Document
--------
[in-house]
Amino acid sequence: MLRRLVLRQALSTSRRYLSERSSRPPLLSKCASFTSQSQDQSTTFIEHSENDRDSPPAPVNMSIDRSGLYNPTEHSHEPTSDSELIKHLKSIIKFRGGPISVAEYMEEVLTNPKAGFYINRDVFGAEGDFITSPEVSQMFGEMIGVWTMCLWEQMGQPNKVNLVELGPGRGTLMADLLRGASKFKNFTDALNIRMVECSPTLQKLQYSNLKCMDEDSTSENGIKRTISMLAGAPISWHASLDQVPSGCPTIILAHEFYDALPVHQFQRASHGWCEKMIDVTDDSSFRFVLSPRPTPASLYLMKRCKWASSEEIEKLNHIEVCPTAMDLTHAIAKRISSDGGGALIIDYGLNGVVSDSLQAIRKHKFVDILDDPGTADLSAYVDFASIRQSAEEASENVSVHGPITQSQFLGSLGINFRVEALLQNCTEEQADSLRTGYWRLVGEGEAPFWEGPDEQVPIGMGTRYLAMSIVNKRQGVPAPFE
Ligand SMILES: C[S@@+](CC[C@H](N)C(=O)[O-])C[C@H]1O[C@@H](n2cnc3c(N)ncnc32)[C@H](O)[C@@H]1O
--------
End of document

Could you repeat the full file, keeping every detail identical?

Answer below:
[in-house]
Amino acid sequence: MLRRLVLRQALSTSRRYLSERSSRPPLLSKCASFTSQSQDQSTTFIEHSENDRDSPPAPVNMSIDRSGLYNPTEHSHEPTSDSELIKHLKSIIKFRGGPISVAEYMEEVLTNPKAGFYINRDVFGAEGDFITSPEVSQMFGEMIGVWTMCLWEQMGQPNKVNLVELGPGRGTLMADLLRGASKFKNFTDALNIRMVECSPTLQKLQYSNLKCMDEDSTSENGIKRTISMLAGAPISWHASLDQVPSGCPTIILAHEFYDALPVHQFQRASHGWCEKMIDVTDDSSFRFVLSPRPTPASLYLMKRCKWASSEEIEKLNHIEVCPTAMDLTHAIAKRISSDGGGALIIDYGLNGVVSDSLQAIRKHKFVDILDDPGTADLSAYVDFASIRQSAEEASENVSVHGPITQSQFLGSLGINFRVEALLQNCTEEQADSLRTGYWRLVGEGEAPFWEGPDEQVPIGMGTRYLAMSIVNKRQGVPAPFE
Ligand SMILES: C[S@@+](CC[C@H](N)C(=O)[O-])C[C@H]1O[C@@H](n2cnc3c(N)ncnc32)[C@H](O)[C@@H]1O